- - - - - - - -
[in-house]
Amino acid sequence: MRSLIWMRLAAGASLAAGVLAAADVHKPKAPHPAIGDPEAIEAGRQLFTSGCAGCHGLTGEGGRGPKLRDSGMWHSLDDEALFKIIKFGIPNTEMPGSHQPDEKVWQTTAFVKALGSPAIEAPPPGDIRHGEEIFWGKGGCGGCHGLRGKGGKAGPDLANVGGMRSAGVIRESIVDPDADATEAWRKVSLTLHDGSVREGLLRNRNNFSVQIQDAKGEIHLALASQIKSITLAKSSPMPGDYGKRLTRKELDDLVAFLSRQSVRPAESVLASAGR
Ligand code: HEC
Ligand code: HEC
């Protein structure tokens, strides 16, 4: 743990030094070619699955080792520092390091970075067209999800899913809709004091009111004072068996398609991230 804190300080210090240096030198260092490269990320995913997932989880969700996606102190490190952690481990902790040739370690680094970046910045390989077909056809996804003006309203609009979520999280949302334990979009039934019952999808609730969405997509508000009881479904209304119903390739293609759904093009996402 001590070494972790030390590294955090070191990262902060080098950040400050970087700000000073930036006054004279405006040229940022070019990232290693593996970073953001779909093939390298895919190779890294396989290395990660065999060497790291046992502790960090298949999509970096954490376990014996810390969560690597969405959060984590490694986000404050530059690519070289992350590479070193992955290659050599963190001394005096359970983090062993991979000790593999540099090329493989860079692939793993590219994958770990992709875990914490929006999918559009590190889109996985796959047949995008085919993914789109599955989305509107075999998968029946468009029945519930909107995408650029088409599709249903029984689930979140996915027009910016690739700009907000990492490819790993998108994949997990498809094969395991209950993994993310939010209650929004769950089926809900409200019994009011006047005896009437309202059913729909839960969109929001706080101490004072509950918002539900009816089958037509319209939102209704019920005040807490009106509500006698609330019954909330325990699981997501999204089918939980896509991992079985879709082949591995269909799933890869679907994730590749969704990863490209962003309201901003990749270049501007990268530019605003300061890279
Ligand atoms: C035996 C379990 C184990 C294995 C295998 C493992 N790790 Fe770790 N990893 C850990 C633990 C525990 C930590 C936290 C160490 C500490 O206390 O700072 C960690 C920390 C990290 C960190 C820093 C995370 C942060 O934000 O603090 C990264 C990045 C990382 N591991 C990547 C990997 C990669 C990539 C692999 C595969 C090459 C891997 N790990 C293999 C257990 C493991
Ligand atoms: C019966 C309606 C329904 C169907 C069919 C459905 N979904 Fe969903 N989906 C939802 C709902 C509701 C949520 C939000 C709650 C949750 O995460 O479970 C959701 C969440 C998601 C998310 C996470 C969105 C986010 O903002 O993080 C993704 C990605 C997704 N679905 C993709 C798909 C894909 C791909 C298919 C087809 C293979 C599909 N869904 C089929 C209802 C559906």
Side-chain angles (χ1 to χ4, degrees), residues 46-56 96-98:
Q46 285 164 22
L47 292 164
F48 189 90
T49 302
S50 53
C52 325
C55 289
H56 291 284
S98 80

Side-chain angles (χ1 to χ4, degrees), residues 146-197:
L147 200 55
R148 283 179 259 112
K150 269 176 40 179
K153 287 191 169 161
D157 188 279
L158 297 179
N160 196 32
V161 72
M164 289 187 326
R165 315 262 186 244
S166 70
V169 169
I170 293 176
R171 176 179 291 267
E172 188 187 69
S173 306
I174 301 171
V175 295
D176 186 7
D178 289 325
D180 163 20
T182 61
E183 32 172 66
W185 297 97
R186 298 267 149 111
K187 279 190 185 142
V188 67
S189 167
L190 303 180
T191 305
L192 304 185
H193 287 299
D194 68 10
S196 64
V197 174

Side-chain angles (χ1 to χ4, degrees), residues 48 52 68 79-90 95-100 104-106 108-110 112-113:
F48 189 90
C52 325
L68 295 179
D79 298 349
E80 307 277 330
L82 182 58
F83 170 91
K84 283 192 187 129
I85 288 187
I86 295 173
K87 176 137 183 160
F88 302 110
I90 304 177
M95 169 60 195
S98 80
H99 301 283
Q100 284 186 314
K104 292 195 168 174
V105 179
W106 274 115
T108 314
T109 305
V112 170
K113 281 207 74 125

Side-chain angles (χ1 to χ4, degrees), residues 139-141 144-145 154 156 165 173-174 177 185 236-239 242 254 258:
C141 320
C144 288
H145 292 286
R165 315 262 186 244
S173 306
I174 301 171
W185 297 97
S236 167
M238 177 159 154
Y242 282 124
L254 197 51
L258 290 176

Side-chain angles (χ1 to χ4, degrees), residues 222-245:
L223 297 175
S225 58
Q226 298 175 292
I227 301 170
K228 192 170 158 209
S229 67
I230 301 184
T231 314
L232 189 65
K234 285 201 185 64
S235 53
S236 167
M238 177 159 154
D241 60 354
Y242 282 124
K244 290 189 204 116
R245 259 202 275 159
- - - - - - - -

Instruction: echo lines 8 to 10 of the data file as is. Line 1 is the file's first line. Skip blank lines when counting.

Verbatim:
Side-chain angles (χ1 to χ4, degrees), residues 46-56 96-98:
Q46 285 164 22
L47 292 164